The Proverbs manage to blend pragmatic hope with pessimistic appraisal of a world that suffers a nagging defect at its core. If this mix approximates to the life experience of many readers, this may in part explain the enduring appeal of this wisdom anthology, to say nothing of its instructive value.
Though wisdom’s voice does not cross over into despair, it probes the case for pessimism with a certain valor.
The leech has two daughters. ‘Give! Give!’ they cry. There are three things that are never satisfied, four that never say, ‘Enough!’: the grave, the barren womb, land, which is never satisfied with water, and fire, which never says, ‘Enough!’
As sentient human beings capable not only of suffering but of reflecting upon the fact that we do so, we find that life itself seems often to be under assault. Murphy’s Law—the stuff of modern-day folk wisdom—rings true because our wounds and bruises remind us that so many things can go wrong at any given moment, and that many of them do.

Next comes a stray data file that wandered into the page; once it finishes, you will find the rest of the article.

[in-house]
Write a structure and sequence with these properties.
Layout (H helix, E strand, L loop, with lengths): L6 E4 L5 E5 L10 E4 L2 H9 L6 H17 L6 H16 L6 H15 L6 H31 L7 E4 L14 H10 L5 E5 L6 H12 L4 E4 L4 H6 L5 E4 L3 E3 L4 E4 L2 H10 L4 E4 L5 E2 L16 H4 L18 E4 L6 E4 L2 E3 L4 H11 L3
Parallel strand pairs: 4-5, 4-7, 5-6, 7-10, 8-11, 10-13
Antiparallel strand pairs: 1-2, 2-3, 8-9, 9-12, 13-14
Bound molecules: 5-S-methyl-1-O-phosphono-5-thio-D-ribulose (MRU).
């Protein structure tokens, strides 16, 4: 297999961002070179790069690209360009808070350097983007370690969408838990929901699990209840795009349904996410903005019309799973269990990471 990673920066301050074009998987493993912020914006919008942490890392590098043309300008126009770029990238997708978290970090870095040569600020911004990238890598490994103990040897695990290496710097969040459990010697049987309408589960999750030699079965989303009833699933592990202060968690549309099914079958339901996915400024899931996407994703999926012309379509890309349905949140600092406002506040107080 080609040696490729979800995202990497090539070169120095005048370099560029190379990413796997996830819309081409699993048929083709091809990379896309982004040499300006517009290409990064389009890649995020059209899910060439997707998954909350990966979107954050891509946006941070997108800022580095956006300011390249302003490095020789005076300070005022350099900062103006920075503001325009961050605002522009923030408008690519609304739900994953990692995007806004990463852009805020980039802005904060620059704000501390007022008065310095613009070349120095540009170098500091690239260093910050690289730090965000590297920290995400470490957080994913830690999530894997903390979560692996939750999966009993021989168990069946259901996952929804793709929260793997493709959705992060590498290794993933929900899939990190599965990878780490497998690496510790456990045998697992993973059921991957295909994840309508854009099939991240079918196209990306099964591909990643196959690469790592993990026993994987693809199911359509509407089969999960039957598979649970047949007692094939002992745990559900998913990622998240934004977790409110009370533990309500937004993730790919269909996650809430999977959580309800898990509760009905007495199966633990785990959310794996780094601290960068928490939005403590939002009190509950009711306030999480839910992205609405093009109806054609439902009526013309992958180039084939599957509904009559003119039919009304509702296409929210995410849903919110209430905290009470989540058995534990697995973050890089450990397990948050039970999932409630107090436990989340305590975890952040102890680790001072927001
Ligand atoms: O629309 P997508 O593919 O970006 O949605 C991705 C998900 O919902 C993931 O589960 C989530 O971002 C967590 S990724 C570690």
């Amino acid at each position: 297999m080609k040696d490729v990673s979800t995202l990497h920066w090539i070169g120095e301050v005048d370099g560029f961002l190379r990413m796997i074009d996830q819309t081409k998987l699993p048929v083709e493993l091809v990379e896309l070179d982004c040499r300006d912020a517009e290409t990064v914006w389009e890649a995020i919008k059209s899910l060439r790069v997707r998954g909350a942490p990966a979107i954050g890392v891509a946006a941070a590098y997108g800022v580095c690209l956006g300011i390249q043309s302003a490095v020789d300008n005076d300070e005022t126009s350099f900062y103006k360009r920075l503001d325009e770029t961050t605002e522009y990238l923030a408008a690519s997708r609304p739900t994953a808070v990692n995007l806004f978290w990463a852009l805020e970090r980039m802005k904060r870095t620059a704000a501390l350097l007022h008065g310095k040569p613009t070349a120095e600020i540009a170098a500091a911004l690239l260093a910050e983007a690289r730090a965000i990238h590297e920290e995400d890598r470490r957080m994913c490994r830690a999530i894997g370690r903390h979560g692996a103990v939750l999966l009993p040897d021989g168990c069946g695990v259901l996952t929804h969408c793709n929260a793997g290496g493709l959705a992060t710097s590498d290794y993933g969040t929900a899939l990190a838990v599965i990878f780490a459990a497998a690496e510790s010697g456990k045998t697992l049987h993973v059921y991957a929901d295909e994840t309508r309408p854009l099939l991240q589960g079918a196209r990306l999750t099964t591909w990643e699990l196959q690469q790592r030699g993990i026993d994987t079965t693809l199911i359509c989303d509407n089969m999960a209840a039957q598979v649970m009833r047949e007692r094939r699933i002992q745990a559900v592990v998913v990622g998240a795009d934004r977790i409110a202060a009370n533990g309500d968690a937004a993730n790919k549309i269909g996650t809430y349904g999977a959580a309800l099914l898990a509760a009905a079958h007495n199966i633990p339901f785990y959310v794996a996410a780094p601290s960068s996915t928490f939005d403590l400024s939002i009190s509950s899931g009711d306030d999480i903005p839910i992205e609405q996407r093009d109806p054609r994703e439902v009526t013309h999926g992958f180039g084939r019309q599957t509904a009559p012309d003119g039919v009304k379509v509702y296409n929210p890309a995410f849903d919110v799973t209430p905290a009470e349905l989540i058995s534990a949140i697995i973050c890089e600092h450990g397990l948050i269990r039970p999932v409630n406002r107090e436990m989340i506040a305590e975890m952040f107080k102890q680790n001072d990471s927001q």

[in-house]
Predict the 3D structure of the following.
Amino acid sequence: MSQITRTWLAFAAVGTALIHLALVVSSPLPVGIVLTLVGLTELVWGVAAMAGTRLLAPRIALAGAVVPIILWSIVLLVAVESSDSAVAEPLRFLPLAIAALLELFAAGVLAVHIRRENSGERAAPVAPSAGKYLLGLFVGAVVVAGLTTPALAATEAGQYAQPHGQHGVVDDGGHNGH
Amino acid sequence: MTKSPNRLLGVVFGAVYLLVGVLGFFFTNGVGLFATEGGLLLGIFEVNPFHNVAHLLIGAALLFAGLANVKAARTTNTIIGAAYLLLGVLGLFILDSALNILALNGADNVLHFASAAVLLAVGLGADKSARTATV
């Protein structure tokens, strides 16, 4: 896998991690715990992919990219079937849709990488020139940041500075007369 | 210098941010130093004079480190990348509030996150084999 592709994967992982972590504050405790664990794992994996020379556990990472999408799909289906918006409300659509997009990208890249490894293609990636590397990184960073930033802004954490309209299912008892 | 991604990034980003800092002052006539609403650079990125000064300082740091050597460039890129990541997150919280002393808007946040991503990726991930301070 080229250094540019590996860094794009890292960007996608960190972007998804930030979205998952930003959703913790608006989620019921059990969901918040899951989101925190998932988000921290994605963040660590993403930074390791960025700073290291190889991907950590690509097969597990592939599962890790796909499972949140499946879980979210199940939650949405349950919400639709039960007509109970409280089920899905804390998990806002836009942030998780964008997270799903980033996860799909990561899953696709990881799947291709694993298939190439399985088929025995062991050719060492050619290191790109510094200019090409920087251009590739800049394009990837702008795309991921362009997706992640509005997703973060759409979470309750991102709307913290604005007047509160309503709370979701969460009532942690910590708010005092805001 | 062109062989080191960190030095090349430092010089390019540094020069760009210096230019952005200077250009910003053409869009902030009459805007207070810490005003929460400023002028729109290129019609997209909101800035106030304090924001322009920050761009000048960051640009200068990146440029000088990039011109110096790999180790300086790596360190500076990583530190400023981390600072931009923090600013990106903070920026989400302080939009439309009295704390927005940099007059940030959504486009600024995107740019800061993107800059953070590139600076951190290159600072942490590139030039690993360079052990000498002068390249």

The biblical proverbialist, too, knows of a certain relentless campaign that seems to be waged at most times and at all opportunity against peace and productivity. The leech, for example, never ceases to suck a creature’s life-blood.
Grave, frustrated womb, thirsty land, consuming fire. These ubiquitous cancers keep up their incessant narrative that the world—to lapse yet again into folk wisdom—is not our home.
Yet this world, at the same time, is our home. The Proverbs know this if they know anything at all.
Here is where we sort wisdom’s long view from folly’s immediacy, declare our preference, make our choice. Here is where we know YHWH’s care or fall prey to accident in its apparent absence. Here is where we construct a family, build a home, learn to read, cradle our grandchildren, plant a tree whose fruit will delight another generation’s mouth, not our own. Here is where we invest that portion of our being that is capable of doing good.
Here is where we lean into insatiable entropy in a faintly quixotic—but YHWH-endorsed—effort to construct a world worth the trouble of it all.
Or chase the wind.